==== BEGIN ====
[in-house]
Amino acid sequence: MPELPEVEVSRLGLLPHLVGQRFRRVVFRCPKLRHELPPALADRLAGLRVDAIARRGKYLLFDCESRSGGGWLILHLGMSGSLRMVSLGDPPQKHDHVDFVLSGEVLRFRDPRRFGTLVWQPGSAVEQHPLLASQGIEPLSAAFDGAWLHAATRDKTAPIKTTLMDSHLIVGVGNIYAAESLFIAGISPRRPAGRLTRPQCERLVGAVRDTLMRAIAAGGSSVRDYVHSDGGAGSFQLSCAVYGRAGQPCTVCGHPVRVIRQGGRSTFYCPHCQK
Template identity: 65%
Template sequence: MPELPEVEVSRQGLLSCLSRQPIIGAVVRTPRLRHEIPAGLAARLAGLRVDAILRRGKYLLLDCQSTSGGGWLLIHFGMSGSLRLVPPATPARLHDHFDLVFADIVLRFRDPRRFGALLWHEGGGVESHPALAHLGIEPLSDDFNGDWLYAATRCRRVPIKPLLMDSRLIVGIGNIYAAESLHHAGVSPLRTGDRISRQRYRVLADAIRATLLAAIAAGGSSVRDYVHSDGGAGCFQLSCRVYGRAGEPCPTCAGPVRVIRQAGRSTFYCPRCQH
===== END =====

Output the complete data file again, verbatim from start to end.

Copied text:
[in-house]
Amino acid sequence: MPELPEVEVSRLGLLPHLVGQRFRRVVFRCPKLRHELPPALADRLAGLRVDAIARRGKYLLFDCESRSGGGWLILHLGMSGSLRMVSLGDPPQKHDHVDFVLSGEVLRFRDPRRFGTLVWQPGSAVEQHPLLASQGIEPLSAAFDGAWLHAATRDKTAPIKTTLMDSHLIVGVGNIYAAESLFIAGISPRRPAGRLTRPQCERLVGAVRDTLMRAIAAGGSSVRDYVHSDGGAGSFQLSCAVYGRAGQPCTVCGHPVRVIRQGGRSTFYCPHCQK
Template identity: 65%
Template sequence: MPELPEVEVSRQGLLSCLSRQPIIGAVVRTPRLRHEIPAGLAARLAGLRVDAILRRGKYLLLDCQSTSGGGWLLIHFGMSGSLRLVPPATPARLHDHFDLVFADIVLRFRDPRRFGALLWHEGGGVESHPALAHLGIEPLSDDFNGDWLYAATRCRRVPIKPLLMDSRLIVGIGNIYAAESLHHAGVSPLRTGDRISRQRYRVLADAIRATLLAAIAAGGSSVRDYVHSDGGAGCFQLSCRVYGRAGEPCPTCAGPVRVIRQAGRSTFYCPRCQH